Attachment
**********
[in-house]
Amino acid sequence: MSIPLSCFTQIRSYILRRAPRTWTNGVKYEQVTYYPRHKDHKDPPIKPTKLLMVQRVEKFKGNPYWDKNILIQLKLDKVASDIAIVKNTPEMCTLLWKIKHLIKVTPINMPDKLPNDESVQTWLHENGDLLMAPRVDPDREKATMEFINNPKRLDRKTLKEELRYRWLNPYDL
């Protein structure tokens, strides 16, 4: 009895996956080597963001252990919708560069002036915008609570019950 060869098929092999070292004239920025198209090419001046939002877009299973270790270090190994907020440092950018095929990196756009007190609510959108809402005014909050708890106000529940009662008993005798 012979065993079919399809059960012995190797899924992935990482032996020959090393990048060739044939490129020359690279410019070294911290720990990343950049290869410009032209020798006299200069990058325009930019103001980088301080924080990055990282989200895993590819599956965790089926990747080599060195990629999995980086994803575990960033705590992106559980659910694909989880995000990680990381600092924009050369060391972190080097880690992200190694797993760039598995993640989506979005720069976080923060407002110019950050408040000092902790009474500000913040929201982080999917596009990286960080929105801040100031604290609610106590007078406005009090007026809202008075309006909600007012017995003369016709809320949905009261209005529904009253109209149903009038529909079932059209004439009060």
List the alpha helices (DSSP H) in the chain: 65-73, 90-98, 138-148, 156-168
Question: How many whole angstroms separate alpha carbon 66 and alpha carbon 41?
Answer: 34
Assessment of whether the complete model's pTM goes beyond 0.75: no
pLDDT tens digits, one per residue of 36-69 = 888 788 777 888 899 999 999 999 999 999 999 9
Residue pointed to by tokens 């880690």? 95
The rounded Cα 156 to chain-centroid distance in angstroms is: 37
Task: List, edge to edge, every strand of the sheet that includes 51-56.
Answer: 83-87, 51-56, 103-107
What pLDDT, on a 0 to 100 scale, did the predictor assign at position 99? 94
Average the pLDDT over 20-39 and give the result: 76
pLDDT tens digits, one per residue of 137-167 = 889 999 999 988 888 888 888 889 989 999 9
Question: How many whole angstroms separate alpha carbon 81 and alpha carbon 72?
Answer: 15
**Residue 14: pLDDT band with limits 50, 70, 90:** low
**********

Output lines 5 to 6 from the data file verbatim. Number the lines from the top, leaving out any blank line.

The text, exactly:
Question: How many whole angstroms separate alpha carbon 66 and alpha carbon 41?
Answer: 34